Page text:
Thanks for posting this!

Jonathan Snook said on April 17, 2009

@Scott: The user base is, if I had to guess, only a couple hundred people with only a few very active developers. Within the Developer tool, you can see a list of public apps and it's currently quite small with the largest app only having a few hundred downloads.

I have something in the works that'll hopefully make developing an app using either Titanium or AIR even easier but I'll spill the beans if and when things get close enough to release.

Evan Byrne said on April 17, 2009

Man, I would love to start using titanium but when I tried to install it I got an error... both times.

Elliot Swan said on April 17, 2009

I've played with Adobe AIR a bit, but haven't looked at Titanium until now. It does look quite promising--the menubar support would be a huge plus, and little things like OS X scrollbars can really make a difference.

Jeff Haynie said on April 17, 2009

Thanks so much for your very fair and objective review of Titanium. We're a ways off from getting to a high quality production version of Titanium ... but we're working hard at it and have a very committed community. The beauty is that anyone can help participate in any number of ways.

Adobe AIR is a great product - something we have a lot to look up to and a very strong competitor.

If anyone runs into issues, please please please report them so we can investigate and fix them.

Also, we welcome anyone to join us either at or on IRC at #titanium_app at


Chris said on April 17, 2009

The only problem I have with these "frameworks" is that the memory use is ridiculous compared to a similar app in a dedicated language. Even little "widget" apps often take 50+ MB of memory to run, and like earlier versions of Snitter, have some odd memory leaks.

Jonathan Snook said on April 17, 2009

@Chris: memory usage and memory leaks in particular are a huge issue for applications built on top of browser technology. The 'problem' is that you're loading an instance of a browser to get the functionality you want, there's no other way to look at it. That comes with a hefty price tag.

As a developer, we also have poor tools to properly trace things like memory leaks. Only be running the application under more extreme situations does it tend to get resolved. I had to do a fair bit of testing with Snitter to track down where the memory leaks were. (I believe the as3notification library was the main one left, since creating new windows and destroying them improperly would leak memory quite rapidly.)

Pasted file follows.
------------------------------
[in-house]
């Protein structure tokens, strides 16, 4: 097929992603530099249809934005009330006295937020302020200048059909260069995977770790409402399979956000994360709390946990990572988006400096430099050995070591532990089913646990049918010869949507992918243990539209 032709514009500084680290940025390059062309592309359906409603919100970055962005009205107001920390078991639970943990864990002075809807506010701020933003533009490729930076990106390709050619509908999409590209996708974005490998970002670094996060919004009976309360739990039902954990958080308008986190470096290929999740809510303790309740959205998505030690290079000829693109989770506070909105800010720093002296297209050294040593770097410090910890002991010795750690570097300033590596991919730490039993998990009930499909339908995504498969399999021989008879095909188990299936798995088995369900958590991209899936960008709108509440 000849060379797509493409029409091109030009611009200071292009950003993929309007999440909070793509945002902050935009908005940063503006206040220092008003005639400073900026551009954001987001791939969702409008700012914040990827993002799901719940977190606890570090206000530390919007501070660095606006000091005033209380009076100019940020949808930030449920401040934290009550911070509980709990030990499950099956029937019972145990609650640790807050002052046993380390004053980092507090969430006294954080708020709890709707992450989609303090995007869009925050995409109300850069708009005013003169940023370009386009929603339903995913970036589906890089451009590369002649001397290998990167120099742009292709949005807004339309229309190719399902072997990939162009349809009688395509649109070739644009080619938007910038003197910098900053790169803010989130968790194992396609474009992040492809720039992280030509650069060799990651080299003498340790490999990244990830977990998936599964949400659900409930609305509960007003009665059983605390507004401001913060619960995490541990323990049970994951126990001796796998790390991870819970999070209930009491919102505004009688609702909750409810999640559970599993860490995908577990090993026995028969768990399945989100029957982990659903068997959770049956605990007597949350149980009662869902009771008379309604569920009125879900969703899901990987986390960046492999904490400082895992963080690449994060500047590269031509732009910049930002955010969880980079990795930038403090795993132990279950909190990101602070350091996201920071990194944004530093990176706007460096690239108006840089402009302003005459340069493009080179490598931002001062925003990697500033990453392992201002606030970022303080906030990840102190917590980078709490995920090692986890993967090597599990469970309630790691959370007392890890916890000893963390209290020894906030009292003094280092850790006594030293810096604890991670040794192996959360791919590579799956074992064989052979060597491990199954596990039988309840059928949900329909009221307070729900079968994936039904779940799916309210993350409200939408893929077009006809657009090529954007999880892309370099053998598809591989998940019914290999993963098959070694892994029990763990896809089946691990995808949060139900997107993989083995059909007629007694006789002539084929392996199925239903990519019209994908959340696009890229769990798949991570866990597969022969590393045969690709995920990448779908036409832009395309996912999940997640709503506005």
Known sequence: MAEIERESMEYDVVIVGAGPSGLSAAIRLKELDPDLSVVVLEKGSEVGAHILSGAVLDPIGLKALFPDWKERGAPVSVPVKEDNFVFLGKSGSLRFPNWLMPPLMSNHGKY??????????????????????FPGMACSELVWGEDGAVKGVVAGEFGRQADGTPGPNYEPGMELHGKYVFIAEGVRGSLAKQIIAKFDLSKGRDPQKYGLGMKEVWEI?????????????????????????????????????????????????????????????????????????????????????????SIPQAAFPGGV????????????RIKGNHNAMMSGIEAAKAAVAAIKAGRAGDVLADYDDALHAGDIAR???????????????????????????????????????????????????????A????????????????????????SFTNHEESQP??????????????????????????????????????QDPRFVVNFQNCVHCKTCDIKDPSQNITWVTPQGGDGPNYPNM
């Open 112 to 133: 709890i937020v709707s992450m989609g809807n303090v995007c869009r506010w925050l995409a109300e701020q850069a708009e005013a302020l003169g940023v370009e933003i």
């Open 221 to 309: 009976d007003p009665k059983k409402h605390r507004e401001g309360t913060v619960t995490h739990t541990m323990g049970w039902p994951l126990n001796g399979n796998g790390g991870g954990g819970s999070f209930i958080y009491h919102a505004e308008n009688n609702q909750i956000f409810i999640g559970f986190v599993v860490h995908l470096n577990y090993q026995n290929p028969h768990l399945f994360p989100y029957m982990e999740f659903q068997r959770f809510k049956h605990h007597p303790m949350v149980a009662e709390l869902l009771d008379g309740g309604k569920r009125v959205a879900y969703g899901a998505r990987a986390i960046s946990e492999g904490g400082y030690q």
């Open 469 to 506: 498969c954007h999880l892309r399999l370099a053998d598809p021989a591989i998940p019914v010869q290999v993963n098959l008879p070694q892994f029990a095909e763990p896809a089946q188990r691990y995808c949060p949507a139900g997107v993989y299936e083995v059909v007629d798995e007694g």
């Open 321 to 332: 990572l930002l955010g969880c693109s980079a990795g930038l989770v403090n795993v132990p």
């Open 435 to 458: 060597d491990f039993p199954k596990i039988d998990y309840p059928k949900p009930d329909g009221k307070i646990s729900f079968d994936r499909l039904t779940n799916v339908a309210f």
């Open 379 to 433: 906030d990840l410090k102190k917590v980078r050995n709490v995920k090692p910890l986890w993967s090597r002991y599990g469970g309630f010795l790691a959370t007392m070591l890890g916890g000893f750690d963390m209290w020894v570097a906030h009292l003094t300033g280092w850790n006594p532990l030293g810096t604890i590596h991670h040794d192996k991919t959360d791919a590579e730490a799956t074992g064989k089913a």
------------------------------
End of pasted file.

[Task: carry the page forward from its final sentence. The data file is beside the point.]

Justin Noel said on April 18, 2009

I looked at Titanium a bit as well. The "open source" really caught my eye. Then, I noticed that compiling is done in the cloud. Just as you mentioned "It also handles packaging via a cloud deployment system, which means you have to be connected to create your applications."

So, what happens if Appcelerator gives up on Titanium? Will they continue to maintain the packaging service? Would they make the packaging system available for someone else to host? Titanium is open source, but might Appcelerator start charging for packaging? If you developed an app for a customer, would you be unable to update it in the future if Appcelerator the packaging system down?

I'd like these types of questions answered before putting effort into this tool.

Steve said on April 18, 2009

I'd love to see a post comparing Titanium to XULRunner.

Zeb said on April 20, 2009

I've downloaded the preview release and will try it out. Thanks for the review.

Ehab said on April 20, 2009

Snook ! Did you blooody see that there is no search function anywhere ? This is RUDE !

Anyway, I wanted to search your blog if you recommended any web hosting company :)

Do you ? Then leave a comment in my blog please. would be grateful.

- Ehab

BKR Lenen said on April 22, 2009

Zeb, where did you download the program? The link on the website of Titanium doesn't work here.. :(

Sorry, comments are closed for this post. If you have any further questions or comments, feel free to send them to me directly.